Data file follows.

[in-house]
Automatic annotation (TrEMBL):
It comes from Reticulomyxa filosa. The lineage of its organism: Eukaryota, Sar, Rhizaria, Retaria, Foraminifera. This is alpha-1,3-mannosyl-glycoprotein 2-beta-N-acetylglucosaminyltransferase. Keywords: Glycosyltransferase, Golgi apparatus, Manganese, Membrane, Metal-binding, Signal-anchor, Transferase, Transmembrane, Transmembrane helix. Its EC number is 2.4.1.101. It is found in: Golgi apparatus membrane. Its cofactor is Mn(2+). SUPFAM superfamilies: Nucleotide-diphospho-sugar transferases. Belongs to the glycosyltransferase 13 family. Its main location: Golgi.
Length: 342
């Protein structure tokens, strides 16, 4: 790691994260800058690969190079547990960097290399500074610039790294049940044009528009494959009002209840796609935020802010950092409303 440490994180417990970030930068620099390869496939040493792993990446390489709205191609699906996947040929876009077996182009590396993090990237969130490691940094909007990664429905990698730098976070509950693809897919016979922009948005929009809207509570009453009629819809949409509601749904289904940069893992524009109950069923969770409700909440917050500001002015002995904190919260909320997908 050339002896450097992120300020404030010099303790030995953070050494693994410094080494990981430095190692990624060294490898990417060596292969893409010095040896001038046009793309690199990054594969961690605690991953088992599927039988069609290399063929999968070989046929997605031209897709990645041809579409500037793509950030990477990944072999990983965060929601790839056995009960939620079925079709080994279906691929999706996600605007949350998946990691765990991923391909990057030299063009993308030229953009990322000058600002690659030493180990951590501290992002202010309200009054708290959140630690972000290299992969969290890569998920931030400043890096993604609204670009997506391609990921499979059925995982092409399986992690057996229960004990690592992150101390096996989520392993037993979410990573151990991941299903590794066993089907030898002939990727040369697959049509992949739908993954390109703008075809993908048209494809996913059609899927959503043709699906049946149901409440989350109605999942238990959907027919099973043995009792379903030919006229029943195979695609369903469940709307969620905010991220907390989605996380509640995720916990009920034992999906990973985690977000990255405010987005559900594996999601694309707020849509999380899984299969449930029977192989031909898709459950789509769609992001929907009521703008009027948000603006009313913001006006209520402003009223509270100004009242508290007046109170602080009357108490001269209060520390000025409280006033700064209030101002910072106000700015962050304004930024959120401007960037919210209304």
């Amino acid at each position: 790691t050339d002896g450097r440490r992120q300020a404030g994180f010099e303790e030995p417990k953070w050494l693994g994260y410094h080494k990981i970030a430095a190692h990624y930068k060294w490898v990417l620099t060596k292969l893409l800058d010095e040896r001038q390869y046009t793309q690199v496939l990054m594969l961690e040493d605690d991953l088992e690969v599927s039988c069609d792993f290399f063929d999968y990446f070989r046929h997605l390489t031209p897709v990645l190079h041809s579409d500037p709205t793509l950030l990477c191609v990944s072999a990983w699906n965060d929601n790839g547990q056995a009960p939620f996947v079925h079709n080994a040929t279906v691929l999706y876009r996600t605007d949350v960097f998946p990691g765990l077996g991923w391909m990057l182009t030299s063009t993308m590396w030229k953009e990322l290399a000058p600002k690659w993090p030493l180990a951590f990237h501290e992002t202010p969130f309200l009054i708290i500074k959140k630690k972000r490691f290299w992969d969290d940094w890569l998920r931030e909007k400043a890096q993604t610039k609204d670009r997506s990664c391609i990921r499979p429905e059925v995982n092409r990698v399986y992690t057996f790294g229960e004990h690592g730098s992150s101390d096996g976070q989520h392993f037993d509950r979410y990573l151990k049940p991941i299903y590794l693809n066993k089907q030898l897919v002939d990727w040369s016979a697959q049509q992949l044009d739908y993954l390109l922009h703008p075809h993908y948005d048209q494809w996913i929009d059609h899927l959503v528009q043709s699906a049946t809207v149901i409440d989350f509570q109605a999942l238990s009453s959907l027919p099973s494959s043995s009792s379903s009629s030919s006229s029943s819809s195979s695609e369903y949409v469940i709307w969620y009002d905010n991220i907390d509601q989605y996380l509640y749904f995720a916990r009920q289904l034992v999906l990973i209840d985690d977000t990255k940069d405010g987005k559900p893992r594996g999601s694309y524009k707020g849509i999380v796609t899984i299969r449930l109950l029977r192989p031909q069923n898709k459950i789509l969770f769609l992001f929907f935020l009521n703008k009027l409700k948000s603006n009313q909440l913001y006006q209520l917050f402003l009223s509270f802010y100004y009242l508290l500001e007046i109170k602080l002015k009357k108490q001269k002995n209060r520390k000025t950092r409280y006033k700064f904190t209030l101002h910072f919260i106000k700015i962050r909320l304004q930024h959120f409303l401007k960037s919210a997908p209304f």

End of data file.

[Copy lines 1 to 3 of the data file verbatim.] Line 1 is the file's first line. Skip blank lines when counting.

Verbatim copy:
[in-house]
Automatic annotation (TrEMBL):
It comes from Reticulomyxa filosa. The lineage of its organism: Eukaryota, Sar, Rhizaria, Retaria, Foraminifera. This is alpha-1,3-mannosyl-glycoprotein 2-beta-N-acetylglucosaminyltransferase. Keywords: Glycosyltransferase, Golgi apparatus, Manganese, Membrane, Metal-binding, Signal-anchor, Transferase, Transmembrane, Transmembrane helix. Its EC number is 2.4.1.101. It is found in: Golgi apparatus membrane. Its cofactor is Mn(2+). SUPFAM superfamilies: Nucleotide-diphospho-sugar transferases. Belongs to the glycosyltransferase 13 family. Its main location: Golgi.